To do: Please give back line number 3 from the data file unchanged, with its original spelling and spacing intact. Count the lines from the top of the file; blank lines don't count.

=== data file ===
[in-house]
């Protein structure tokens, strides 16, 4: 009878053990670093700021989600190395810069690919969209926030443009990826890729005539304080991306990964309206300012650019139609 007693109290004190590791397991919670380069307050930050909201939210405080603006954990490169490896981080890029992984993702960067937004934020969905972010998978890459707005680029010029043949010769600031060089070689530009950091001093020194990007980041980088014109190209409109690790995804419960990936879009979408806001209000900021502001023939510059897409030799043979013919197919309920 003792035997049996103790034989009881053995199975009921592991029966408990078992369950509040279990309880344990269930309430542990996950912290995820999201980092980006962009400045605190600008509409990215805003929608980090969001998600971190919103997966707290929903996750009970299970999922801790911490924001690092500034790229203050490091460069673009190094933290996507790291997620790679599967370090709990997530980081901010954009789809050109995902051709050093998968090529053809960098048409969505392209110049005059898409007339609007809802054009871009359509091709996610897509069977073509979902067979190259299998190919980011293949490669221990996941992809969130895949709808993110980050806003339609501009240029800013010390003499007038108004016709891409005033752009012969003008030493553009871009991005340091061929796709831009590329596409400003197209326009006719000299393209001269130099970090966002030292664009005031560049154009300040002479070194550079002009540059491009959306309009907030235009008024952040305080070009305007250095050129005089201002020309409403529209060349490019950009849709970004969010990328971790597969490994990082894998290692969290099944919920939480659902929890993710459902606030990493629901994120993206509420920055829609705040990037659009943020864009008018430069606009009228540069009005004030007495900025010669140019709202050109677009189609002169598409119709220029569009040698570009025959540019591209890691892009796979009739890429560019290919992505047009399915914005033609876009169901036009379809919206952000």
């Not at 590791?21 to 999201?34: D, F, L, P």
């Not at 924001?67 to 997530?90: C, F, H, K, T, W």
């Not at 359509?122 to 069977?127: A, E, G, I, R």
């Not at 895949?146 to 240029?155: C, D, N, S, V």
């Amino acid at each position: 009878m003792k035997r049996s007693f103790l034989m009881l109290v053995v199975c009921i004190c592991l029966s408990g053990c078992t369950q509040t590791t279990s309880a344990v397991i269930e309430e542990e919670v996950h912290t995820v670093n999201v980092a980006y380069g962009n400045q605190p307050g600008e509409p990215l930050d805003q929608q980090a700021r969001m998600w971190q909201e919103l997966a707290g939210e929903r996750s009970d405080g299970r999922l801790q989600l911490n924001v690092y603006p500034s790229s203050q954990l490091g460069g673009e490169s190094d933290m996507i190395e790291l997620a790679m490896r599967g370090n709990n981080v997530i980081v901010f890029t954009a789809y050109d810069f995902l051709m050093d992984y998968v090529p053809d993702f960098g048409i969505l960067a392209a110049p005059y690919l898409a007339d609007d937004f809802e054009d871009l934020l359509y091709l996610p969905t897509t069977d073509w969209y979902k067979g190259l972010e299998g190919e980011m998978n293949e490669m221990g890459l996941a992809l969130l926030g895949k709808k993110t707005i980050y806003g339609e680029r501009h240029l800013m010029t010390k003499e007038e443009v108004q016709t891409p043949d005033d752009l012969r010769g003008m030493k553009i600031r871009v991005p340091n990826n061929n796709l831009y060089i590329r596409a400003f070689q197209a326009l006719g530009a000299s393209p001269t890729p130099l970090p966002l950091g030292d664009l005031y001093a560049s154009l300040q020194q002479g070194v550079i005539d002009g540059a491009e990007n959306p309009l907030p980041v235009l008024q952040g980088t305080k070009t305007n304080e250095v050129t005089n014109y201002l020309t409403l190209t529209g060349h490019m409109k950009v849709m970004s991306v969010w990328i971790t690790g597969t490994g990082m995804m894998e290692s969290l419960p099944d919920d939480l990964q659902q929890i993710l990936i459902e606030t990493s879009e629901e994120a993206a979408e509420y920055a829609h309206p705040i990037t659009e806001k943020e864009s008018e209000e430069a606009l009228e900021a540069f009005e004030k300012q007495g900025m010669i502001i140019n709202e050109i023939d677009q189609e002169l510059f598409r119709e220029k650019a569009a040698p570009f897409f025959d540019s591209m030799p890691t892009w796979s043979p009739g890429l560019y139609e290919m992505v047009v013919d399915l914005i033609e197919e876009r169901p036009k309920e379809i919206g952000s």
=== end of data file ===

């Not at 590791?21 to 999201?34: D, F, L, P």